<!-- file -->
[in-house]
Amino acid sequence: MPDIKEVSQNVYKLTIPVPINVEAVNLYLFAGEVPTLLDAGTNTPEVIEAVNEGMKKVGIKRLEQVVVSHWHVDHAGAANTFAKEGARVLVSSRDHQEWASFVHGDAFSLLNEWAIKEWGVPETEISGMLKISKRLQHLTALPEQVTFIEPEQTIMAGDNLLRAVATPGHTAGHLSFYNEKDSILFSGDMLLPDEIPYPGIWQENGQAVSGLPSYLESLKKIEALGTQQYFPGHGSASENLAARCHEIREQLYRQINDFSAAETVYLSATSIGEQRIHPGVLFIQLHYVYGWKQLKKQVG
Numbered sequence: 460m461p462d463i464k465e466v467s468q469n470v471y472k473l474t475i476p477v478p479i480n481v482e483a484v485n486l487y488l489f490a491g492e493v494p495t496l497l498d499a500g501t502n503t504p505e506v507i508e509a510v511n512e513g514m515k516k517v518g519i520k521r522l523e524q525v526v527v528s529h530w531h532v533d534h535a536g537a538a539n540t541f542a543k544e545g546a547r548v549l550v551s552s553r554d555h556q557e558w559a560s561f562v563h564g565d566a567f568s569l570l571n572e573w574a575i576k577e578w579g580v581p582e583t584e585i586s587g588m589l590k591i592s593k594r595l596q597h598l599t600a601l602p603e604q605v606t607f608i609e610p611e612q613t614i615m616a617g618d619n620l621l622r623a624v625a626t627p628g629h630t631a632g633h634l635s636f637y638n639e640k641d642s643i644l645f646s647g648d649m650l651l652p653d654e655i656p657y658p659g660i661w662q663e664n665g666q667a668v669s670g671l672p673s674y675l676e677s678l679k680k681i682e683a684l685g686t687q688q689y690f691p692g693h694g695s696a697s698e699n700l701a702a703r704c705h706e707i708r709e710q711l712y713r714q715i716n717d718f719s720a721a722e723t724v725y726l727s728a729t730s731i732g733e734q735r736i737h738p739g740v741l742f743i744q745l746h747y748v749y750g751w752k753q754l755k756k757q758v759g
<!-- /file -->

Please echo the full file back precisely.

[in-house]
Amino acid sequence: MPDIKEVSQNVYKLTIPVPINVEAVNLYLFAGEVPTLLDAGTNTPEVIEAVNEGMKKVGIKRLEQVVVSHWHVDHAGAANTFAKEGARVLVSSRDHQEWASFVHGDAFSLLNEWAIKEWGVPETEISGMLKISKRLQHLTALPEQVTFIEPEQTIMAGDNLLRAVATPGHTAGHLSFYNEKDSILFSGDMLLPDEIPYPGIWQENGQAVSGLPSYLESLKKIEALGTQQYFPGHGSASENLAARCHEIREQLYRQINDFSAAETVYLSATSIGEQRIHPGVLFIQLHYVYGWKQLKKQVG
Numbered sequence: 460m461p462d463i464k465e466v467s468q469n470v471y472k473l474t475i476p477v478p479i480n481v482e483a484v485n486l487y488l489f490a491g492e493v494p495t496l497l498d499a500g501t502n503t504p505e506v507i508e509a510v511n512e513g514m515k516k517v518g519i520k521r522l523e524q525v526v527v528s529h530w531h532v533d534h535a536g537a538a539n540t541f542a543k544e545g546a547r548v549l550v551s552s553r554d555h556q557e558w559a560s561f562v563h564g565d566a567f568s569l570l571n572e573w574a575i576k577e578w579g580v581p582e583t584e585i586s587g588m589l590k591i592s593k594r595l596q597h598l599t600a601l602p603e604q605v606t607f608i609e610p611e612q613t614i615m616a617g618d619n620l621l622r623a624v625a626t627p628g629h630t631a632g633h634l635s636f637y638n639e640k641d642s643i644l645f646s647g648d649m650l651l652p653d654e655i656p657y658p659g660i661w662q663e664n665g666q667a668v669s670g671l672p673s674y675l676e677s678l679k680k681i682e683a684l685g686t687q688q689y690f691p692g693h694g695s696a697s698e699n700l701a702a703r704c705h706e707i708r709e710q711l712y713r714q715i716n717d718f719s720a721a722e723t724v725y726l727s728a729t730s731i732g733e734q735r736i737h738p739g740v741l742f743i744q745l746h747y748v749y750g751w752k753q754l755k756k757q758v759g